Partially hydrogenated oils were developed over 100 years ago, but did not become widespread as food ingredients until after World War II. Above is the structure of one of those notorious trans fatty acids. Note the dash in the middle of the molecule. That represents a double bond. Each point on the chain represents a carbon atom. On each side of the double bond the carbon atom has only one hydrogen atom instead of two hydrogen atoms on the other carbons in the chain. On a trans fatty acid the hydrogen atoms are positioned on opposite sides of the double bond leading to the straight configuration shown above. In a cis fatty acid the hydrogen atoms are on the same side of the double bond leading to a kink in the chain.
Polyunsaturated fatty acids are found in vegetable oils and exhibit two or more double bonds in their chains. The problem with vegetable oils like olive oil is that they are liquid at room temperature instead of the more solid highly saturated fats such as butter. In baking and other types of cooking, oils are too liquid and fats too solid to produce the quality that most consumers desire. Hydrogenation adds hydrogen to decrease the number of double bonds in an oil to making them less liquid than typical vegetable oil but not as solid as butter. Nature produces almost exclusively cis fatty acids. The problem with hydrogenation is that the process partially reverses itself. When some of the double bonds reappear, half of them are trans and the other half are cis.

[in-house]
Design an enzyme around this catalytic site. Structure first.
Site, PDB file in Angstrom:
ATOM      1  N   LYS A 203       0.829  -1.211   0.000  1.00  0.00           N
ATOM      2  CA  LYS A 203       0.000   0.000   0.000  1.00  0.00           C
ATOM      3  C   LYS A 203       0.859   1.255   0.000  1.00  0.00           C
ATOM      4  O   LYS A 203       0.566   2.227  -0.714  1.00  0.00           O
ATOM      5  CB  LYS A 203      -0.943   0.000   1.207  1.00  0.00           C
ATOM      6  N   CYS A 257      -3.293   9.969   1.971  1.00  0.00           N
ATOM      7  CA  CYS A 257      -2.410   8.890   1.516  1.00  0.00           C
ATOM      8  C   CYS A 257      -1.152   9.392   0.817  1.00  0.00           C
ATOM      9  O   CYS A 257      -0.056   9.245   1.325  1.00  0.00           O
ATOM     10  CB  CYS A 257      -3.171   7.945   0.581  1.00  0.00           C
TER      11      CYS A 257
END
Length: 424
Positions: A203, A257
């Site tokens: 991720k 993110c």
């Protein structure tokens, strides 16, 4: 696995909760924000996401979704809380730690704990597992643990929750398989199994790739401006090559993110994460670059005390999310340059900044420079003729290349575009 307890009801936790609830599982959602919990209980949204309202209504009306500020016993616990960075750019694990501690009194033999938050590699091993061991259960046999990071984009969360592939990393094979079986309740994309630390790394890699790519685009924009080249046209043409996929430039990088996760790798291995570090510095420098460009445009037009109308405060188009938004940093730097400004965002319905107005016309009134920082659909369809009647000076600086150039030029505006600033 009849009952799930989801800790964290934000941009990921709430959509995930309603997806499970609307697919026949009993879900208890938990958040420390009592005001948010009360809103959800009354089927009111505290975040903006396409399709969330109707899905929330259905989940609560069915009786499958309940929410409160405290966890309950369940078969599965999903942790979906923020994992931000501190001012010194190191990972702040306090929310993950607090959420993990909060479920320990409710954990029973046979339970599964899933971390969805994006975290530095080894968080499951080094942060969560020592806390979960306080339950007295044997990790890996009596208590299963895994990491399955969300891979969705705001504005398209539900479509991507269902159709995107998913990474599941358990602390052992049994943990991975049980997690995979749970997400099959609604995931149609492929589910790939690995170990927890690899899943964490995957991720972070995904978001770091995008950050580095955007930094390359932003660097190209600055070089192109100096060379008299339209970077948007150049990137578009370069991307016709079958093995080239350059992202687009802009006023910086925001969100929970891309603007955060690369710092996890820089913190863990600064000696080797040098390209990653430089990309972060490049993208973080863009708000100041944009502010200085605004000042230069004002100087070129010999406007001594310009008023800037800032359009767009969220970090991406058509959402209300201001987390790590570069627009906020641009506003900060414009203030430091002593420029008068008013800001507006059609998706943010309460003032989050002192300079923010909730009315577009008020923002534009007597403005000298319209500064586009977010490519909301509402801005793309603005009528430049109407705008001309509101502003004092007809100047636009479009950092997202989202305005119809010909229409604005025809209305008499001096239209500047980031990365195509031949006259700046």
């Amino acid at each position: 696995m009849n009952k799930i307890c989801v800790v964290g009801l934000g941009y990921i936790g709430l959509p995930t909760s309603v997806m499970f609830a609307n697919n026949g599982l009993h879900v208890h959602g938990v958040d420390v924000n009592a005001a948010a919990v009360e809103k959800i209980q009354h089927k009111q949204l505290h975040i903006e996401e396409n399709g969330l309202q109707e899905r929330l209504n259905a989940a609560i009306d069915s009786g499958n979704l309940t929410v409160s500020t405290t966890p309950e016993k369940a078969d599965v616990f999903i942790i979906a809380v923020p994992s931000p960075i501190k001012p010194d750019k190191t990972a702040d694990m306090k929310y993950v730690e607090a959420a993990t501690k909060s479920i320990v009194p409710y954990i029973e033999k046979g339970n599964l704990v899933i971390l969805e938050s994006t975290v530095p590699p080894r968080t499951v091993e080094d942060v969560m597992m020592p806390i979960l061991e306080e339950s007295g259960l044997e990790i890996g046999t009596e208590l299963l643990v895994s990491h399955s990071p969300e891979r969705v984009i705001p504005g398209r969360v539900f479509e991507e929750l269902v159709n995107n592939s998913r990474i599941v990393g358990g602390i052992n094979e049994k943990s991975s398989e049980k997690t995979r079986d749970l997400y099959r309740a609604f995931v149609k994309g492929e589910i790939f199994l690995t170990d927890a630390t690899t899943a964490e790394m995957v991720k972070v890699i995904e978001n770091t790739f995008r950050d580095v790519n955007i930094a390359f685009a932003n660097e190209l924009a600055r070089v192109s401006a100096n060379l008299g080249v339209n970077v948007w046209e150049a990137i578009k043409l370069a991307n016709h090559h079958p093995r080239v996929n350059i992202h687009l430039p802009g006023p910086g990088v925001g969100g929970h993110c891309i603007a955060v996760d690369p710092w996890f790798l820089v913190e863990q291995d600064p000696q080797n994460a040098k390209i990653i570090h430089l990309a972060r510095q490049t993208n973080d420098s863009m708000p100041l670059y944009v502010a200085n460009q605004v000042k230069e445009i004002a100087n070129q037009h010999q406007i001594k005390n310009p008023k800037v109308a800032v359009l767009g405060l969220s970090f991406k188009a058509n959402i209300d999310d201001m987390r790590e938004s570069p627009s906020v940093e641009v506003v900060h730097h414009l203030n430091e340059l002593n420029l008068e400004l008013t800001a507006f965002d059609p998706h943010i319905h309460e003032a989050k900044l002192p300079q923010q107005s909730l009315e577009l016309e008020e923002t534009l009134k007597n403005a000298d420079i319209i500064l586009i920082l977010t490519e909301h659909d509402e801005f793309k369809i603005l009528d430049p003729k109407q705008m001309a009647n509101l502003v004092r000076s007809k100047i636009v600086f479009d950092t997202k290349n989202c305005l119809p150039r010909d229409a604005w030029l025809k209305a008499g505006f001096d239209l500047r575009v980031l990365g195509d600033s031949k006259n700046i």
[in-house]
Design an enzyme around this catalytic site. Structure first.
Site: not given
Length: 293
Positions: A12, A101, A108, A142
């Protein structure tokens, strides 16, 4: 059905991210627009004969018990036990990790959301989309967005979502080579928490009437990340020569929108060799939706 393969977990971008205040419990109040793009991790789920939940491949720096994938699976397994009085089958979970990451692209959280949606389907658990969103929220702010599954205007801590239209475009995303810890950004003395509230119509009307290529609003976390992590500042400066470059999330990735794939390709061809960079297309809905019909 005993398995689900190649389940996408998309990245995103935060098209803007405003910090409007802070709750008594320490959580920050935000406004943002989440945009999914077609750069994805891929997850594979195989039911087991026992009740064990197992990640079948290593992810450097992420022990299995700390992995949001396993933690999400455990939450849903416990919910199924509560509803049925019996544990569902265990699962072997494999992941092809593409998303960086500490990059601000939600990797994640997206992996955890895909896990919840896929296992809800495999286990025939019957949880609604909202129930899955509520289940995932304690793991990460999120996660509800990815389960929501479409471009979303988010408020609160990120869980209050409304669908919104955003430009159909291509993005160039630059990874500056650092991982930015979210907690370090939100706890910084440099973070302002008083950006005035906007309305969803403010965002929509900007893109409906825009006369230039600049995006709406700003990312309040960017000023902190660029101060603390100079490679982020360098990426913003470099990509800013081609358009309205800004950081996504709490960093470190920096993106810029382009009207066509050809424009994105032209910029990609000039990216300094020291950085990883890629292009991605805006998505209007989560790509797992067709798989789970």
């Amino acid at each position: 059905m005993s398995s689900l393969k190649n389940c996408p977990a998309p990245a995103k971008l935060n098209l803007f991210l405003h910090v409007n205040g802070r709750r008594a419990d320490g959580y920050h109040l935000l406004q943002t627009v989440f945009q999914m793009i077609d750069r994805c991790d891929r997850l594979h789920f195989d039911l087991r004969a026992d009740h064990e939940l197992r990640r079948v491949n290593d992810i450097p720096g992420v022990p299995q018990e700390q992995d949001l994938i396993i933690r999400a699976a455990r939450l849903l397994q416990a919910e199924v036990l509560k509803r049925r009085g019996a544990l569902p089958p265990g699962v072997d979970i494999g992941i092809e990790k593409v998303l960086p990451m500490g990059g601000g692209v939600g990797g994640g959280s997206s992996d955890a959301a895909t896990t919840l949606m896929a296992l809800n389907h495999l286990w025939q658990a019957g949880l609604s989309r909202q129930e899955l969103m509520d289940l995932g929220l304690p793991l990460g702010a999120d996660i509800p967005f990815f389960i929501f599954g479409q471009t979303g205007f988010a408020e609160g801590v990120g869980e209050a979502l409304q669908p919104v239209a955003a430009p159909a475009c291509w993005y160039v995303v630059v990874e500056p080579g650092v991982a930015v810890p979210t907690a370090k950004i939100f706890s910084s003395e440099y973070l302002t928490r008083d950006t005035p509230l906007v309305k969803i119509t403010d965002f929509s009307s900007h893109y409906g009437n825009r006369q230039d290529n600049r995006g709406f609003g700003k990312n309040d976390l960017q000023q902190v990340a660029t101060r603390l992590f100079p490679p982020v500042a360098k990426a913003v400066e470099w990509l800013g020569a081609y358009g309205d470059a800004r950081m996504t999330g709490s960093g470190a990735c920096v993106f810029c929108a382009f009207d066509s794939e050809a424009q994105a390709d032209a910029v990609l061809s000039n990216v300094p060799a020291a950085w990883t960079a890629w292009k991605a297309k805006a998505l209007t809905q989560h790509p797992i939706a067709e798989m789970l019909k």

The prime advocate of removing partially hydrogenated oils as ingredients and thus most trans fatty acids from food products is Walter Willet the author of Eat, Drink and be Healthy. Thanks to his research and the movement to ban trans fats, partially hydrogenated oils will be phased out as an ingredient in processed foods next year. Willet is the most cited person when it comes to the dangers of trans fats. What pundits who point to his work fail to disclose, however, is that he considers trans fats to be only twice as dangerous as saturated fats. Yet many who blame trans fats in processed food for poor heart health in America advocate greater consumption of saturated fats. Fortunately, they will get their wish as food manufacturers are substituting saturated fats for trans fats in their products. Healthier? Maybe a little, but probably not as much as we want to believe.